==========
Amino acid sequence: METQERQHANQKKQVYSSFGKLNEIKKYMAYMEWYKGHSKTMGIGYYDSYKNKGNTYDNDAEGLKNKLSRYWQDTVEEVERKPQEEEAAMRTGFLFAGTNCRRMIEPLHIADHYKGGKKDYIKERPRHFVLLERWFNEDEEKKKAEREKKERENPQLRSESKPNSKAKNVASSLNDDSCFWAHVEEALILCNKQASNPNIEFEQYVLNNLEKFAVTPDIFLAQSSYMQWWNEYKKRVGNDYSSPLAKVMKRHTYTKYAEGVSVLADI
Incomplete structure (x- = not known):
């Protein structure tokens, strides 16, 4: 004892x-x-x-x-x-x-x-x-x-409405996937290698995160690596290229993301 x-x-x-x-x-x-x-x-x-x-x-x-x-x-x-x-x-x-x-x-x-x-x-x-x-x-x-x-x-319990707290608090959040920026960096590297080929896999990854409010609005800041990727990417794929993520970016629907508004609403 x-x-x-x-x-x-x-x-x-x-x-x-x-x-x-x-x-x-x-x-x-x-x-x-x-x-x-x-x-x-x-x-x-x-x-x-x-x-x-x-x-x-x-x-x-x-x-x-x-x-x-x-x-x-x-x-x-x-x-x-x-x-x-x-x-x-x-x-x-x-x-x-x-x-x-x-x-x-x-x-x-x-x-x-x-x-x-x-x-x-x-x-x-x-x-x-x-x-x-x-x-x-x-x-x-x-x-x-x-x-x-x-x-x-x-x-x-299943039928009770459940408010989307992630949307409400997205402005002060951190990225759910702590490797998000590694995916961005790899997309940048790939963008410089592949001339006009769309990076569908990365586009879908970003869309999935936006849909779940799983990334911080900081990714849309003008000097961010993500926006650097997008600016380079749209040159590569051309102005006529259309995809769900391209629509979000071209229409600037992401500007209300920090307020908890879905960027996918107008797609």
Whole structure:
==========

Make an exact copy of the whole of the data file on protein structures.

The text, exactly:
Amino acid sequence: METQERQHANQKKQVYSSFGKLNEIKKYMAYMEWYKGHSKTMGIGYYDSYKNKGNTYDNDAEGLKNKLSRYWQDTVEEVERKPQEEEAAMRTGFLFAGTNCRRMIEPLHIADHYKGGKKDYIKERPRHFVLLERWFNEDEEKKKAEREKKERENPQLRSESKPNSKAKNVASSLNDDSCFWAHVEEALILCNKQASNPNIEFEQYVLNNLEKFAVTPDIFLAQSSYMQWWNEYKKRVGNDYSSPLAKVMKRHTYTKYAEGVSVLADI
Incomplete structure (x- = not known):
């Protein structure tokens, strides 16, 4: 004892x-x-x-x-x-x-x-x-x-409405996937290698995160690596290229993301 x-x-x-x-x-x-x-x-x-x-x-x-x-x-x-x-x-x-x-x-x-x-x-x-x-x-x-x-x-319990707290608090959040920026960096590297080929896999990854409010609005800041990727990417794929993520970016629907508004609403 x-x-x-x-x-x-x-x-x-x-x-x-x-x-x-x-x-x-x-x-x-x-x-x-x-x-x-x-x-x-x-x-x-x-x-x-x-x-x-x-x-x-x-x-x-x-x-x-x-x-x-x-x-x-x-x-x-x-x-x-x-x-x-x-x-x-x-x-x-x-x-x-x-x-x-x-x-x-x-x-x-x-x-x-x-x-x-x-x-x-x-x-x-x-x-x-x-x-x-x-x-x-x-x-x-x-x-x-x-x-x-x-x-x-x-x-x-299943039928009770459940408010989307992630949307409400997205402005002060951190990225759910702590490797998000590694995916961005790899997309940048790939963008410089592949001339006009769309990076569908990365586009879908970003869309999935936006849909779940799983990334911080900081990714849309003008000097961010993500926006650097997008600016380079749209040159590569051309102005006529259309995809769900391209629509979000071209229409600037992401500007209300920090307020908890879905960027996918107008797609």
Whole structure: